Changes in gas exchange characteristics and water use efficiency of mangroves in response to salinity and vapour pressure deficit
- Cite this article as:
- Clough, B.F. & Sim, R.G. Oecologia (1989) 79: 38. doi:10.1007/BF00378237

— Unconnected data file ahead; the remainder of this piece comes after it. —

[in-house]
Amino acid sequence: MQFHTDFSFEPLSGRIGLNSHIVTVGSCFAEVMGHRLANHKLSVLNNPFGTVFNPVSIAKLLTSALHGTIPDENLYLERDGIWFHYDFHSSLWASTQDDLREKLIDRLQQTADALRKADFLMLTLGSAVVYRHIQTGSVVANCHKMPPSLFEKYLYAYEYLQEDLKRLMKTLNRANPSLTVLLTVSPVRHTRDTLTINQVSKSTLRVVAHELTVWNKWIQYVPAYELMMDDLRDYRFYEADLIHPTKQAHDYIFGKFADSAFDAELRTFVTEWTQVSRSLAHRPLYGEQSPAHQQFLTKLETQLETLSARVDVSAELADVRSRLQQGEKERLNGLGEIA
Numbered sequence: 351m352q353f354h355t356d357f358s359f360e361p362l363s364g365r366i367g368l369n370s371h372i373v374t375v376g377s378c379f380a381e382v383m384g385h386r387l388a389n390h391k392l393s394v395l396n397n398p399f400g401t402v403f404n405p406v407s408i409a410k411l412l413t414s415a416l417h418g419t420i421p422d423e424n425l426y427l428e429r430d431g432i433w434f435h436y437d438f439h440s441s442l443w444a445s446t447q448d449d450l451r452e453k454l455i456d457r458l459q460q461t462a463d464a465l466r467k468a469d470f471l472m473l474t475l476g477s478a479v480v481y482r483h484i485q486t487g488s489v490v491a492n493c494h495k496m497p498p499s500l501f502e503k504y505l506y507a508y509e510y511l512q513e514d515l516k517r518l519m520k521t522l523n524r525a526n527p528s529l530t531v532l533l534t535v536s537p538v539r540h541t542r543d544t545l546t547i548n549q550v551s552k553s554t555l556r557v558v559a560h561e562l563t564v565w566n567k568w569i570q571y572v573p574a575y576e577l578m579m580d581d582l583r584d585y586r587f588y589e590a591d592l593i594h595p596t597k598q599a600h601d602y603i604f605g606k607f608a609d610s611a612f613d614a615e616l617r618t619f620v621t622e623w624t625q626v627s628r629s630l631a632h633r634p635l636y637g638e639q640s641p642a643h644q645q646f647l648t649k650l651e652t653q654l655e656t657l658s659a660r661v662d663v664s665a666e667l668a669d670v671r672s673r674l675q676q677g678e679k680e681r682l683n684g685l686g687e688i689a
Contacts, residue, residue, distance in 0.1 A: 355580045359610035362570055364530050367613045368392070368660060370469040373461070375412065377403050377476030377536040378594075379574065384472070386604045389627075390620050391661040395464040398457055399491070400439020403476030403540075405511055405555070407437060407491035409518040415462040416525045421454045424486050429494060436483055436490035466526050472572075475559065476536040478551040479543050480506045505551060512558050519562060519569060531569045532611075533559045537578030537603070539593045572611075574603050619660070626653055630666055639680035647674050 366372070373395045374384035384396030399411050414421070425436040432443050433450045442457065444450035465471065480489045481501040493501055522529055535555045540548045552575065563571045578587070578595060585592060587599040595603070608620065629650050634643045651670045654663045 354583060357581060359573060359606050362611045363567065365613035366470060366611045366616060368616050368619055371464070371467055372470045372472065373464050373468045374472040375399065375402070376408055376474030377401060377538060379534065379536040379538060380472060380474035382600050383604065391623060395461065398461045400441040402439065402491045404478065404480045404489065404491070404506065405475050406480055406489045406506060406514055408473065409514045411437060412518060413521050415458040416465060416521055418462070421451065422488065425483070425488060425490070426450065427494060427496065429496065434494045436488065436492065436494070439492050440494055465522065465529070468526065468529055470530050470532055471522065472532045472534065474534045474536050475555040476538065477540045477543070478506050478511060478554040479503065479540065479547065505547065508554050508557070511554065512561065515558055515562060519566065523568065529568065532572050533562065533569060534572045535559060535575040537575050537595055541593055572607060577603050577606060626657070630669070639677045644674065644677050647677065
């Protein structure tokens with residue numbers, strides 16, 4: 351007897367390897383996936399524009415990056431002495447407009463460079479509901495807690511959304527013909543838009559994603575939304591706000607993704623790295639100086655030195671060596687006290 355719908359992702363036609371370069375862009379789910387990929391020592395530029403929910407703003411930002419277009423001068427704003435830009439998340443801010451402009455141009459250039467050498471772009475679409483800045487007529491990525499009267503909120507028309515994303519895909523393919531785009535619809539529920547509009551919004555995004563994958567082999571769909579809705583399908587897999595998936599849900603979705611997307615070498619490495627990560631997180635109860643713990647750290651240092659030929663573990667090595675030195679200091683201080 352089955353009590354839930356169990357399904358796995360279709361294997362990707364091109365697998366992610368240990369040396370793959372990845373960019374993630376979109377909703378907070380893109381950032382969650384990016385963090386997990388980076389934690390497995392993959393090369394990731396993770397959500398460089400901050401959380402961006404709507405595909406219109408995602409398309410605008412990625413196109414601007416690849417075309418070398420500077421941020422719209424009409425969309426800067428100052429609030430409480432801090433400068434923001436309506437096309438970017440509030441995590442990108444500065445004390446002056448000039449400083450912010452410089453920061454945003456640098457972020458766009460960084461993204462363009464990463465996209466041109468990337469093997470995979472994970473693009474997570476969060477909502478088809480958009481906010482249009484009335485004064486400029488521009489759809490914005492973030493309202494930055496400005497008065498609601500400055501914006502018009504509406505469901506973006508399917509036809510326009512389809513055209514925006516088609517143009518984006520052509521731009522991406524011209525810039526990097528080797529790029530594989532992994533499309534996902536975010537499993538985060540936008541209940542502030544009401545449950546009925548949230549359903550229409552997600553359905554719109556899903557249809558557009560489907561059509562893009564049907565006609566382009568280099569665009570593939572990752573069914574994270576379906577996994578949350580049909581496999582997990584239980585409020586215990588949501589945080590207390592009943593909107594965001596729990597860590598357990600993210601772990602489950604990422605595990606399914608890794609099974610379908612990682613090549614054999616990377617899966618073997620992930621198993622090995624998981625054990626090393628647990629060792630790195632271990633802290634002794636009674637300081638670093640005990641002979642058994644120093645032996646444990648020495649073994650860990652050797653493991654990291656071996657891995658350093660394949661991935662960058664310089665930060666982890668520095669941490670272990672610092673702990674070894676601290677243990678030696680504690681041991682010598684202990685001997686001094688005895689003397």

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Measurements were made of the photosynthetic gas exchange properties and water use efficiency of 19 species of mangrove in 9 estuaries with different salinity and climatic regimes in north eastern Australia and Papua New Guinea. Stomatal conductance and CO2 assimilation rates differed significantly between species at the same locality, with the salt-secreting species, Avicennia marina, consistently having the highest CO2 assimilation rates and stomatal conductances. Proportional changes in stomatal conductance and CO2 assimilation rate resulted in constant and similar intercellular CO2 concentrations for leaves exposed to photon flux densities above 800 μmol·m-2·s-1 in all species at a particular locality. In consequence, all species at the same locality had similar water use efficiencies. There were, however, significant differences in gas exchange properties between different localities. Stomatal conductance and CO2 assimilation rate both decreased with increasing salinity and with increasing leaf to air vapour pressure deficit (VPD). Furthermore, the slope of the relationship between assimilation rate and stomatal conductance increased, while intercellular CO2 concentration decreased, with increasing salinity and with decreasing ambient relative humidity. It is concluded from these results that the water use efficiency of mangroves increases with increasing environmental stress, in this case aridity, thereby maximising photosynthetic carbon fixation while minimising water loss.